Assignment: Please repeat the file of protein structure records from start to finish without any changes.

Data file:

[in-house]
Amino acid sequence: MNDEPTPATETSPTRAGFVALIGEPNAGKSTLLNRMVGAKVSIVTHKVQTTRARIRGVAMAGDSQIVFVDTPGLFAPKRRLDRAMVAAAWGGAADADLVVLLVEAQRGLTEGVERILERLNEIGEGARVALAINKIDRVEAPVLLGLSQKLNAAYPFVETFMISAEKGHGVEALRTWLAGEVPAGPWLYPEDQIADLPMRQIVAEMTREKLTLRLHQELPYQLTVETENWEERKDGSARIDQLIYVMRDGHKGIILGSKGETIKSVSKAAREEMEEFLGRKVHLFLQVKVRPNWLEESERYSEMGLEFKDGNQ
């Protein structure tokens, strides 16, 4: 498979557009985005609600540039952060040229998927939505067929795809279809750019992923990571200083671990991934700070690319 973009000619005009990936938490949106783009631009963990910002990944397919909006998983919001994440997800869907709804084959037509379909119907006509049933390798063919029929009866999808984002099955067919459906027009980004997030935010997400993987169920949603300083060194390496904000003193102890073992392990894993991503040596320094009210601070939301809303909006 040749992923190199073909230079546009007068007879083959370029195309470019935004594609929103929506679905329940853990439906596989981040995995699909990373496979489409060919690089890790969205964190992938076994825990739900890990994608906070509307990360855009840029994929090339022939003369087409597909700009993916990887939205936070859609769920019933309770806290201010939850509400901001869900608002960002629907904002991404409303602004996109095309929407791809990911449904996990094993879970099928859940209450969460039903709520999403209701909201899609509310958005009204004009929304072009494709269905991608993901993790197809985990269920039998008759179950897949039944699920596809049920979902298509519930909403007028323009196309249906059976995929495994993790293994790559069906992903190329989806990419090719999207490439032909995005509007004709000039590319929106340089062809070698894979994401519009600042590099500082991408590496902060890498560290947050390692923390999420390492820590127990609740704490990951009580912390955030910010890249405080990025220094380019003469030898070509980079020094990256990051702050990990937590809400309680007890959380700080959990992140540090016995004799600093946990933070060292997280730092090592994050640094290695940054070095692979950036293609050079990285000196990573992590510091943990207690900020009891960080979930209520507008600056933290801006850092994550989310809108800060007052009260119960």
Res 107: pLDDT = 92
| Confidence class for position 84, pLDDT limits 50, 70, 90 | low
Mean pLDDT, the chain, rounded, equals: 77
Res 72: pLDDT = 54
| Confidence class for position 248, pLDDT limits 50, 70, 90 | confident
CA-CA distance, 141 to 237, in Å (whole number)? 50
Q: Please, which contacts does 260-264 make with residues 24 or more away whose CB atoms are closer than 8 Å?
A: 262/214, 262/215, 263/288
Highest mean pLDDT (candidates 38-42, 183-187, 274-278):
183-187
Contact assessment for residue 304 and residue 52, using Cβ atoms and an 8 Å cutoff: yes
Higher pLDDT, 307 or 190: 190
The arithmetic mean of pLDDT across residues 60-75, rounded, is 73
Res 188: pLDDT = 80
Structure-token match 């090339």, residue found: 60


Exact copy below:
[in-house]
Amino acid sequence: MNDEPTPATETSPTRAGFVALIGEPNAGKSTLLNRMVGAKVSIVTHKVQTTRARIRGVAMAGDSQIVFVDTPGLFAPKRRLDRAMVAAAWGGAADADLVVLLVEAQRGLTEGVERILERLNEIGEGARVALAINKIDRVEAPVLLGLSQKLNAAYPFVETFMISAEKGHGVEALRTWLAGEVPAGPWLYPEDQIADLPMRQIVAEMTREKLTLRLHQELPYQLTVETENWEERKDGSARIDQLIYVMRDGHKGIILGSKGETIKSVSKAAREEMEEFLGRKVHLFLQVKVRPNWLEESERYSEMGLEFKDGNQ
């Protein structure tokens, strides 16, 4: 498979557009985005609600540039952060040229998927939505067929795809279809750019992923990571200083671990991934700070690319 973009000619005009990936938490949106783009631009963990910002990944397919909006998983919001994440997800869907709804084959037509379909119907006509049933390798063919029929009866999808984002099955067919459906027009980004997030935010997400993987169920949603300083060194390496904000003193102890073992392990894993991503040596320094009210601070939301809303909006 040749992923190199073909230079546009007068007879083959370029195309470019935004594609929103929506679905329940853990439906596989981040995995699909990373496979489409060919690089890790969205964190992938076994825990739900890990994608906070509307990360855009840029994929090339022939003369087409597909700009993916990887939205936070859609769920019933309770806290201010939850509400901001869900608002960002629907904002991404409303602004996109095309929407791809990911449904996990094993879970099928859940209450969460039903709520999403209701909201899609509310958005009204004009929304072009494709269905991608993901993790197809985990269920039998008759179950897949039944699920596809049920979902298509519930909403007028323009196309249906059976995929495994993790293994790559069906992903190329989806990419090719999207490439032909995005509007004709000039590319929106340089062809070698894979994401519009600042590099500082991408590496902060890498560290947050390692923390999420390492820590127990609740704490990951009580912390955030910010890249405080990025220094380019003469030898070509980079020094990256990051702050990990937590809400309680007890959380700080959990992140540090016995004799600093946990933070060292997280730092090592994050640094290695940054070095692979950036293609050079990285000196990573992590510091943990207690900020009891960080979930209520507008600056933290801006850092994550989310809108800060007052009260119960």
Res 107: pLDDT = 92
| Confidence class for position 84, pLDDT limits 50, 70, 90 | low
Mean pLDDT, the chain, rounded, equals: 77
Res 72: pLDDT = 54
| Confidence class for position 248, pLDDT limits 50, 70, 90 | confident
CA-CA distance, 141 to 237, in Å (whole number)? 50
Q: Please, which contacts does 260-264 make with residues 24 or more away whose CB atoms are closer than 8 Å?
A: 262/214, 262/215, 263/288
Highest mean pLDDT (candidates 38-42, 183-187, 274-278):
183-187
Contact assessment for residue 304 and residue 52, using Cβ atoms and an 8 Å cutoff: yes
Higher pLDDT, 307 or 190: 190
The arithmetic mean of pLDDT across residues 60-75, rounded, is 73
Res 188: pLDDT = 80
Structure-token match 């090339």, residue found: 60